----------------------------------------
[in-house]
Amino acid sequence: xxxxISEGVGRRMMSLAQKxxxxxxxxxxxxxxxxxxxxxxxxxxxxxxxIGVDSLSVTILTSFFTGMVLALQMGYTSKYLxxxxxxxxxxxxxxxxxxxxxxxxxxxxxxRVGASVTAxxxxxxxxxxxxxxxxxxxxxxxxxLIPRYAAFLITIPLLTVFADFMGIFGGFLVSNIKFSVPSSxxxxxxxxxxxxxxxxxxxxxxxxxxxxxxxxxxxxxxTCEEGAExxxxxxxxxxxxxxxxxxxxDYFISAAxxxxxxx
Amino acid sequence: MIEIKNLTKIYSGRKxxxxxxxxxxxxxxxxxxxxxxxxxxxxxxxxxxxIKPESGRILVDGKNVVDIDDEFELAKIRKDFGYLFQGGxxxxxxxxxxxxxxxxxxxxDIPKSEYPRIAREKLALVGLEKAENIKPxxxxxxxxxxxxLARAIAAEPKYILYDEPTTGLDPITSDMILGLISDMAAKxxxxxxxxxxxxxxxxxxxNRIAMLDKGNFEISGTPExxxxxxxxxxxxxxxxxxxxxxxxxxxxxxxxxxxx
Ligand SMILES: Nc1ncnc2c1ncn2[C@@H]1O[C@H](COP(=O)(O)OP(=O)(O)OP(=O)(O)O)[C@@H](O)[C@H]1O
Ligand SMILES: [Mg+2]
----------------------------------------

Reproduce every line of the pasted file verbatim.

[in-house]
Amino acid sequence: xxxxISEGVGRRMMSLAQKxxxxxxxxxxxxxxxxxxxxxxxxxxxxxxxIGVDSLSVTILTSFFTGMVLALQMGYTSKYLxxxxxxxxxxxxxxxxxxxxxxxxxxxxxxRVGASVTAxxxxxxxxxxxxxxxxxxxxxxxxxLIPRYAAFLITIPLLTVFADFMGIFGGFLVSNIKFSVPSSxxxxxxxxxxxxxxxxxxxxxxxxxxxxxxxxxxxxxxTCEEGAExxxxxxxxxxxxxxxxxxxxDYFISAAxxxxxxx
Amino acid sequence: MIEIKNLTKIYSGRKxxxxxxxxxxxxxxxxxxxxxxxxxxxxxxxxxxxIKPESGRILVDGKNVVDIDDEFELAKIRKDFGYLFQGGxxxxxxxxxxxxxxxxxxxxDIPKSEYPRIAREKLALVGLEKAENIKPxxxxxxxxxxxxLARAIAAEPKYILYDEPTTGLDPITSDMILGLISDMAAKxxxxxxxxxxxxxxxxxxxNRIAMLDKGNFEISGTPExxxxxxxxxxxxxxxxxxxxxxxxxxxxxxxxxxxx
Ligand SMILES: Nc1ncnc2c1ncn2[C@@H]1O[C@H](COP(=O)(O)OP(=O)(O)OP(=O)(O)O)[C@@H](O)[C@H]1O
Ligand SMILES: [Mg+2]